I can imagine it now: “Download USADefense 1.0,” patiotically displayed on a plethora of American Web sites, which would intrisnically turn a regular PC (even a junker), into a form of ammunition for the US Air Force to use on their Cyber-enemies. Well, that’s sort of what the government wants…
The USAF would like to possess the largest botnet on the Internet. The goal of having control of millions of PCs? Hand-to-hand geek combat on the Web in fashion that sounds like it was ripped from the scripts of The Matrix, War Games and Hackers — combined.
What makes a botnet so powerful? Botnets are composed of several thousand (to several million) hacked computers which contain software that remotely waits for commands that a nefarious script kiddie to run, pretty much anonymously. Today, botnets are usually used to push spam and junk on the Web, but the government sees this as a weapon of the future. (And they aren’t wrong.)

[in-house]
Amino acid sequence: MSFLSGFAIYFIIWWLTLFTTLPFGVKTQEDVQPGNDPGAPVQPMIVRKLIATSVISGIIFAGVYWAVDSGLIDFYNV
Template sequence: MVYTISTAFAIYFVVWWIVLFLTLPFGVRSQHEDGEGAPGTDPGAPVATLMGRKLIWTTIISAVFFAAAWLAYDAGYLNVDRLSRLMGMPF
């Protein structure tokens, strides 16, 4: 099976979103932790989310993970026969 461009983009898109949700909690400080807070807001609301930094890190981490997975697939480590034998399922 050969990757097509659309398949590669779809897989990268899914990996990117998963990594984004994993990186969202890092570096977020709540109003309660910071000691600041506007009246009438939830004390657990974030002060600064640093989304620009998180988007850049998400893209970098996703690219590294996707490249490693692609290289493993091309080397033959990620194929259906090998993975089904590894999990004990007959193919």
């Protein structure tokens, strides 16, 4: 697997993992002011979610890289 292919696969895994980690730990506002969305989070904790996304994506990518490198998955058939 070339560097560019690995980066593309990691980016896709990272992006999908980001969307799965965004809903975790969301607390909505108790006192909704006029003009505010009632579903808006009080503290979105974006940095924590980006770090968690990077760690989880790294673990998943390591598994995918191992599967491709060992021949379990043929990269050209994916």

If the USAF was to follow through on this, a lot of questions would need to be addressed:
- Who controls the botnet?
- What disclosure will have to be made on attacks?
- Which machines will be used in the botnet?
- …Will it consist of civilian volunteers (which brings a whole other debate about liability and privacy…)?
It’s always been a dream of mine to work in a governement-operated Internet “Black-Ops” control room taking down child molestors, supporting national espionage and being leet with a .mil hostname. Well, if this ever did get moving, my dream may be one step closer.
That said, I still don’t entirely support a botnet sponsored by the government; I mean there are other ways to engage enemies on the Web. And no, Rickrolling is not one of them.